Sure enough, page 70 of the New York Times Company’s 2011 proxy statement includes a table of the fees that the New York Times paid to its auditor, Ernst & Young, in fiscal 2010. $3,072,000 was for “audit fees” and $95,000 were “all other fees,” which the proxy statement says “were related to consulting services.” Inherent and untenable conflict of interest? Only when someone else does it.
The other good one in the Times proxy statement is that the “say on pay” executive pay vote is going to be limited to Class B shareholders — in other words, the Ochs-Sulzberger-Golden-Dolnick family members, rather than all the shareholders who hold economic interests in the Times company. Here’s the way the Times proxy statement explains it, on page 68:
On July 21, 2010, the Dodd-Frank Wall Street Reform and Consumer Protection Act (the “Act”) was signed into law by President Obama. The Act provides for a number of corporate governance and executive compensation reforms, including the requirement that U.S. public companies provide stockholders a non-binding advisory vote on the compensation of the company’s named executive officers (a “say-on-pay” vote). The say-on-pay vote must occur at least once every three years, and stockholders must also be given, at least once every six years, an advisory vote regarding whether future say-on-pay votes will occur every one, two or three years (a “frequency vote”). The initial say-on-pay and frequency votes must occur at a company’s first annual stockholder meeting taking place on or after January 21, 2011. Accordingly, these matters will be vote on at our 2011 Annual Meeting.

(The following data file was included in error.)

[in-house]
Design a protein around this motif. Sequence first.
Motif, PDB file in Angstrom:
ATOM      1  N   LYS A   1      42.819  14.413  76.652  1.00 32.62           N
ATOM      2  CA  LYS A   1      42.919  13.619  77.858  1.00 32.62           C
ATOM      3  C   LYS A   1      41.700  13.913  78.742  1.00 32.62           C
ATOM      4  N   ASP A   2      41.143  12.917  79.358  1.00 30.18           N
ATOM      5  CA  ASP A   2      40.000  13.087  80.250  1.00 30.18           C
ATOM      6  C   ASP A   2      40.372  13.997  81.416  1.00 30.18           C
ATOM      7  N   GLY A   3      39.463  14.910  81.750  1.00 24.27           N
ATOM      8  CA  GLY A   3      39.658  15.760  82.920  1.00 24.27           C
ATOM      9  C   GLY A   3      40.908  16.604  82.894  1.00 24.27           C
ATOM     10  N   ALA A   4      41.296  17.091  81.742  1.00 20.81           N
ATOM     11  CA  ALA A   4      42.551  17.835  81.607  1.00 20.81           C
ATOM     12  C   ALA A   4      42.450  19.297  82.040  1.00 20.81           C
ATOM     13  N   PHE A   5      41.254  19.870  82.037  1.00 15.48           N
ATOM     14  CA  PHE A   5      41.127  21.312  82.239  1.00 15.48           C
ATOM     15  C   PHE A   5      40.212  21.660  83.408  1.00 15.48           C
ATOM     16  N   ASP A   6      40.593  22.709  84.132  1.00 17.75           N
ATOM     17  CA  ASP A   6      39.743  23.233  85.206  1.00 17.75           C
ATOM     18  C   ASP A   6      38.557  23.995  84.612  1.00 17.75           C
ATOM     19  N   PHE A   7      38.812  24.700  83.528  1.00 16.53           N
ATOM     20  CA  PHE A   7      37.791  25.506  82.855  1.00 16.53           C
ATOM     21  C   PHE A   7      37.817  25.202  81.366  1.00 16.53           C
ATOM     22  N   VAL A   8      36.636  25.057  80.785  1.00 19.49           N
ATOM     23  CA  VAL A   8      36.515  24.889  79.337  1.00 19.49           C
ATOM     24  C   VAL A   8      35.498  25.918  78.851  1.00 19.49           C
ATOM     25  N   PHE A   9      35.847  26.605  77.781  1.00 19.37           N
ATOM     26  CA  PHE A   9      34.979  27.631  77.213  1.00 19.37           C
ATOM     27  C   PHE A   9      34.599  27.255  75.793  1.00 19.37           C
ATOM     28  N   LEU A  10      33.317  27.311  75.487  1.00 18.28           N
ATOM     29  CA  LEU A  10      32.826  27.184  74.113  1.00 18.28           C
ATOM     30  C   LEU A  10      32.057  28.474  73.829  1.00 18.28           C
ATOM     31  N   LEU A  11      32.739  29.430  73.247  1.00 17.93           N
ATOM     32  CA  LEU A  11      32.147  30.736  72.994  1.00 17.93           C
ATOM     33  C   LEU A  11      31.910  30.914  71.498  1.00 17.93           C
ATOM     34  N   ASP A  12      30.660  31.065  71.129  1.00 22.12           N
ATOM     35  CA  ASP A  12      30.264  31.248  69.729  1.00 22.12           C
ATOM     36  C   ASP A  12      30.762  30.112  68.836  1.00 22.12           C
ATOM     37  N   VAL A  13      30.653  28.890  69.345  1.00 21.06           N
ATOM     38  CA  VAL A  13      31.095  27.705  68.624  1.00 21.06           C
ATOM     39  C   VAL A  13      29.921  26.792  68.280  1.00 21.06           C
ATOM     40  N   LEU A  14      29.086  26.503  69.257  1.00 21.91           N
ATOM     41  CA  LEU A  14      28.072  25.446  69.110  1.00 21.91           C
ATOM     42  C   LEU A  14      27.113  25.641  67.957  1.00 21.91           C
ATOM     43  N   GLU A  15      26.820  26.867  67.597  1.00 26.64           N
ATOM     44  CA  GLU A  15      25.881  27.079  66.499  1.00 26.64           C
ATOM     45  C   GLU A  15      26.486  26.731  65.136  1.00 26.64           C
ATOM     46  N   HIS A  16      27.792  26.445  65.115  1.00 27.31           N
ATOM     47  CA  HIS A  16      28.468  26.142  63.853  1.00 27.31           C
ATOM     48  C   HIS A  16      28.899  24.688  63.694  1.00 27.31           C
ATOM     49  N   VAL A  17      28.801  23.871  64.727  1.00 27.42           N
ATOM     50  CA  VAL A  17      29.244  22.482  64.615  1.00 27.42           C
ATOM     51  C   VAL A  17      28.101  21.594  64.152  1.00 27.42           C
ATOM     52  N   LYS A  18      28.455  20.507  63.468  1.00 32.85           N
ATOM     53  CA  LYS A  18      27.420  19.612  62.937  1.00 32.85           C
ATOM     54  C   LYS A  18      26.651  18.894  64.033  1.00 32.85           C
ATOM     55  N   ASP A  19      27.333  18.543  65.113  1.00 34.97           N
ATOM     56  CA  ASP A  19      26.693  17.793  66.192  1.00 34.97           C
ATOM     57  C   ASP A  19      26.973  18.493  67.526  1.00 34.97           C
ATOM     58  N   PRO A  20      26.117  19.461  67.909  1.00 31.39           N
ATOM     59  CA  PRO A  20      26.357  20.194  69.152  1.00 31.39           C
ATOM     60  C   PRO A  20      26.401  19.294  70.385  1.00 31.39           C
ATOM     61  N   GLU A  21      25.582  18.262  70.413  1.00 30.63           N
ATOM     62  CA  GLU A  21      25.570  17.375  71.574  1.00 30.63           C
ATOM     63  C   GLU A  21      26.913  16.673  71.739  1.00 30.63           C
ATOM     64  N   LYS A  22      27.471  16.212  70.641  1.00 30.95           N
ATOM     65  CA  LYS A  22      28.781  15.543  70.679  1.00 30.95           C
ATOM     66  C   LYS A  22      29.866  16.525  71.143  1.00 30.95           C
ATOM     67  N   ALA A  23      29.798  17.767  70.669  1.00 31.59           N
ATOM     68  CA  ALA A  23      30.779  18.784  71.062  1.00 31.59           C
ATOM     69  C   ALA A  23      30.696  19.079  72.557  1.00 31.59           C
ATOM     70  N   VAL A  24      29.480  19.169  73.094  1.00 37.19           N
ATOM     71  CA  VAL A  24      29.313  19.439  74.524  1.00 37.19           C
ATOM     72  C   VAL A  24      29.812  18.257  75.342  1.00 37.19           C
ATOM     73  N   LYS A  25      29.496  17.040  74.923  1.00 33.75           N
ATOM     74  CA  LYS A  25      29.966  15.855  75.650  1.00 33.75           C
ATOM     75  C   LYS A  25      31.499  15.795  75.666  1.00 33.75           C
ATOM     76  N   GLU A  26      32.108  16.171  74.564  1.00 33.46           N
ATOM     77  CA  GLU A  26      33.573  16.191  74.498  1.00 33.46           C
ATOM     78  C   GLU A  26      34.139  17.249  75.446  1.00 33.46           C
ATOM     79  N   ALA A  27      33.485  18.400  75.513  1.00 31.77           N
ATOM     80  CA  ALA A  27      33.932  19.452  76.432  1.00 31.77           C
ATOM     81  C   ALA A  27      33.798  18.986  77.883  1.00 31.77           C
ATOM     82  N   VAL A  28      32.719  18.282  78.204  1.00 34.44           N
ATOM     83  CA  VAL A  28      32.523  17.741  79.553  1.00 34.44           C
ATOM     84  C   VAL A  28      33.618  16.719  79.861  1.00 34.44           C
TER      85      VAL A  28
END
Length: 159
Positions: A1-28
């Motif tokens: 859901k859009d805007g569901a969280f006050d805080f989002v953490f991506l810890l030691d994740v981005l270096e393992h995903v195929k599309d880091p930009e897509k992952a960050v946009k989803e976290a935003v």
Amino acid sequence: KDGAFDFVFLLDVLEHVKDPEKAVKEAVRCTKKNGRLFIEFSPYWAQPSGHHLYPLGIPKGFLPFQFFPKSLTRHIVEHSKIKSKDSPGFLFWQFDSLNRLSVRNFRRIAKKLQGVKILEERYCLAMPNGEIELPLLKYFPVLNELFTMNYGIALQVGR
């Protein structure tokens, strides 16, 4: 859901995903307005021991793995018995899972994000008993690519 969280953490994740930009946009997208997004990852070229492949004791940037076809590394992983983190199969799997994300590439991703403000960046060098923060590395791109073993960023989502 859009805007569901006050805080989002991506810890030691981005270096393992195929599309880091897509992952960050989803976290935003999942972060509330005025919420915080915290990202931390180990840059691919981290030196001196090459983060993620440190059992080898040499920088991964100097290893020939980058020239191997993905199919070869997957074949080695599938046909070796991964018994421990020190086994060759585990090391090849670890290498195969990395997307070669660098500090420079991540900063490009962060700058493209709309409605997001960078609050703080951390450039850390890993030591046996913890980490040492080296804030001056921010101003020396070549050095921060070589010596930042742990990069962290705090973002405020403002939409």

Under our Certificate of Incorporation, an advisory vote on compensation or on the frequency of such votes is not among the expressly enumerated items as to which the Class A stock has a vote. As a result, for the Company, the say-on-pay vote and the frequency vote are items reserved for a vote of the Class B stockholders.
So Carlos Slim, who owns 16% of the Class A Shares, or around $250 million worth, gets no vote on the executive compensation.
The “say-on-pay” was in Section 951 of Dodd-Frank: “Not less frequently than once every 3 years, a proxy or consent or authorization for an annual or other meeting of the shareholders for which the proxy solicitation rules of the Commission require compensation disclosure shall include a separate resolution subject to shareholder vote to approve the compensation of executives.”
I was against say on pay for reasons explained here, but it will be interesting to see whether other companies that have multiple classes of shares also allow only the class that is family-controlled to vote in the “say” on pay. If so, it looks like it may be not so much of a “say” at all, at least for those shareholders who purchased shares rather than inheriting them.
I’m not shedding any tears for those non-family shareholders; they should have known what they were getting into, and it’s just a non-binding advisory vote anyway. Still, it looks like shareholder democracy has its limits, at least at the New York Times Company.